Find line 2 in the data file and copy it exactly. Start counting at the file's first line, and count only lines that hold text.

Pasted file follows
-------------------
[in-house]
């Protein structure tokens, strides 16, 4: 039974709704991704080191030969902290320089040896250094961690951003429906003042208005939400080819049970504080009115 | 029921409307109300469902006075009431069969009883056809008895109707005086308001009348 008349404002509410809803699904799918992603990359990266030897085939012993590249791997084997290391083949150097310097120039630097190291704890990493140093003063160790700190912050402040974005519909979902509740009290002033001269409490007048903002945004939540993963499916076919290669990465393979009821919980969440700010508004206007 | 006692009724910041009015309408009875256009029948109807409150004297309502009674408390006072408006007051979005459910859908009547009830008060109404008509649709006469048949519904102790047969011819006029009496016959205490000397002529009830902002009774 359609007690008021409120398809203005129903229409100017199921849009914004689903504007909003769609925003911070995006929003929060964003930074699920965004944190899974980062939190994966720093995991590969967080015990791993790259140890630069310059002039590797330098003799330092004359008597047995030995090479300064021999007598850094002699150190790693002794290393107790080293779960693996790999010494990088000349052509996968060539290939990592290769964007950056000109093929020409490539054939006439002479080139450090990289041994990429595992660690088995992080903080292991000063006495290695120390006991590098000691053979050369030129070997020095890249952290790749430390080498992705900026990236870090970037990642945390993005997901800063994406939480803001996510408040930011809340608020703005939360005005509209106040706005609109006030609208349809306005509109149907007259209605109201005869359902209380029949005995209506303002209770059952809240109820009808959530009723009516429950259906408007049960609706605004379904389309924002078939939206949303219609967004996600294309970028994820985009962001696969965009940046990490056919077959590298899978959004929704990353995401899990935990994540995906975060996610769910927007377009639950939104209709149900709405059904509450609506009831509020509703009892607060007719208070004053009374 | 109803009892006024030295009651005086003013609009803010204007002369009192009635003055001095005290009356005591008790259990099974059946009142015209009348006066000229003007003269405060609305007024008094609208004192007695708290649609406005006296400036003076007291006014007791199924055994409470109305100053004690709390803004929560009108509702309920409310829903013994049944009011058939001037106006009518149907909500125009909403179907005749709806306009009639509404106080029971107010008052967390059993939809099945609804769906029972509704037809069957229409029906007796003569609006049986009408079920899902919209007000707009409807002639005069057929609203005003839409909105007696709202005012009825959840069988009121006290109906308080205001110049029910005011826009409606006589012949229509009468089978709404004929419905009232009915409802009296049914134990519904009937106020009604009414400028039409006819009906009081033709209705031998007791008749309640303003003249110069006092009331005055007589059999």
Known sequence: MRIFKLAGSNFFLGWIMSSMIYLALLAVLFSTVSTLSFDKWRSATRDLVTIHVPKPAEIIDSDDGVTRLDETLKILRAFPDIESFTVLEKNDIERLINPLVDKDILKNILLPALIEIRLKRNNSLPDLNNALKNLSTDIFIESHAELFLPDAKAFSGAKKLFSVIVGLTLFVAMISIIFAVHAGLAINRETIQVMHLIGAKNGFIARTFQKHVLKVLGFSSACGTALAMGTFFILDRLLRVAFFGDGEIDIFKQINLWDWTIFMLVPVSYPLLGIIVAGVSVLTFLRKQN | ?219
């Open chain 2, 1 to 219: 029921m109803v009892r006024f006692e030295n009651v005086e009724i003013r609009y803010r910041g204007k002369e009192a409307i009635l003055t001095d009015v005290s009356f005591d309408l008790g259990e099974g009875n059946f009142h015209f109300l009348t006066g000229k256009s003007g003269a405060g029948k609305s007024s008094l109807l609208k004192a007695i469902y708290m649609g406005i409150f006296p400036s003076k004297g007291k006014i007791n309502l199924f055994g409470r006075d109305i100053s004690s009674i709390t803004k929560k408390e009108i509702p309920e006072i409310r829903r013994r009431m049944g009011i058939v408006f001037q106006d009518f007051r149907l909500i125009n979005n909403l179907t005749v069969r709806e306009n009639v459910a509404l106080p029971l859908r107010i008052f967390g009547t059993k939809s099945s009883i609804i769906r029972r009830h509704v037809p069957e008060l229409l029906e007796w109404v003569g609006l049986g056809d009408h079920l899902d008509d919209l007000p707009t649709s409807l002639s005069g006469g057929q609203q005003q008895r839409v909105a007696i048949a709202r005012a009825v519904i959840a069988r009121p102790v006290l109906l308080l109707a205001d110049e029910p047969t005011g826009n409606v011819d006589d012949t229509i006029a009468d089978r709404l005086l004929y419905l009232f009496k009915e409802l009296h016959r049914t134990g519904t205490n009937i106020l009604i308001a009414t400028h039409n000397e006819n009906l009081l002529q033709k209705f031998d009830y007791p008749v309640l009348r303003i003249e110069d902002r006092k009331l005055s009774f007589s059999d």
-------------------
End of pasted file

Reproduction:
């Protein structure tokens, strides 16, 4: 039974709704991704080191030969902290320089040896250094961690951003429906003042208005939400080819049970504080009115 | 029921409307109300469902006075009431069969009883056809008895109707005086308001009348 008349404002509410809803699904799918992603990359990266030897085939012993590249791997084997290391083949150097310097120039630097190291704890990493140093003063160790700190912050402040974005519909979902509740009290002033001269409490007048903002945004939540993963499916076919290669990465393979009821919980969440700010508004206007 | 006692009724910041009015309408009875256009029948109807409150004297309502009674408390006072408006007051979005459910859908009547009830008060109404008509649709006469048949519904102790047969011819006029009496016959205490000397002529009830902002009774 359609007690008021409120398809203005129903229409100017199921849009914004689903504007909003769609925003911070995006929003929060964003930074699920965004944190899974980062939190994966720093995991590969967080015990791993790259140890630069310059002039590797330098003799330092004359008597047995030995090479300064021999007598850094002699150190790693002794290393107790080293779960693996790999010494990088000349052509996968060539290939990592290769964007950056000109093929020409490539054939006439002479080139450090990289041994990429595992660690088995992080903080292991000063006495290695120390006991590098000691053979050369030129070997020095890249952290790749430390080498992705900026990236870090970037990642945390993005997901800063994406939480803001996510408040930011809340608020703005939360005005509209106040706005609109006030609208349809306005509109149907007259209605109201005869359902209380029949005995209506303002209770059952809240109820009808959530009723009516429950259906408007049960609706605004379904389309924002078939939206949303219609967004996600294309970028994820985009962001696969965009940046990490056919077959590298899978959004929704990353995401899990935990994540995906975060996610769910927007377009639950939104209709149900709405059904509450609506009831509020509703009892607060007719208070004053009374 | 109803009892006024030295009651005086003013609009803010204007002369009192009635003055001095005290009356005591008790259990099974059946009142015209009348006066000229003007003269405060609305007024008094609208004192007695708290649609406005006296400036003076007291006014007791199924055994409470109305100053004690709390803004929560009108509702309920409310829903013994049944009011058939001037106006009518149907909500125009909403179907005749709806306009009639509404106080029971107010008052967390059993939809099945609804769906029972509704037809069957229409029906007796003569609006049986009408079920899902919209007000707009409807002639005069057929609203005003839409909105007696709202005012009825959840069988009121006290109906308080205001110049029910005011826009409606006589012949229509009468089978709404004929419905009232009915409802009296049914134990519904009937106020009604009414400028039409006819009906009081033709209705031998007791008749309640303003003249110069006092009331005055007589059999």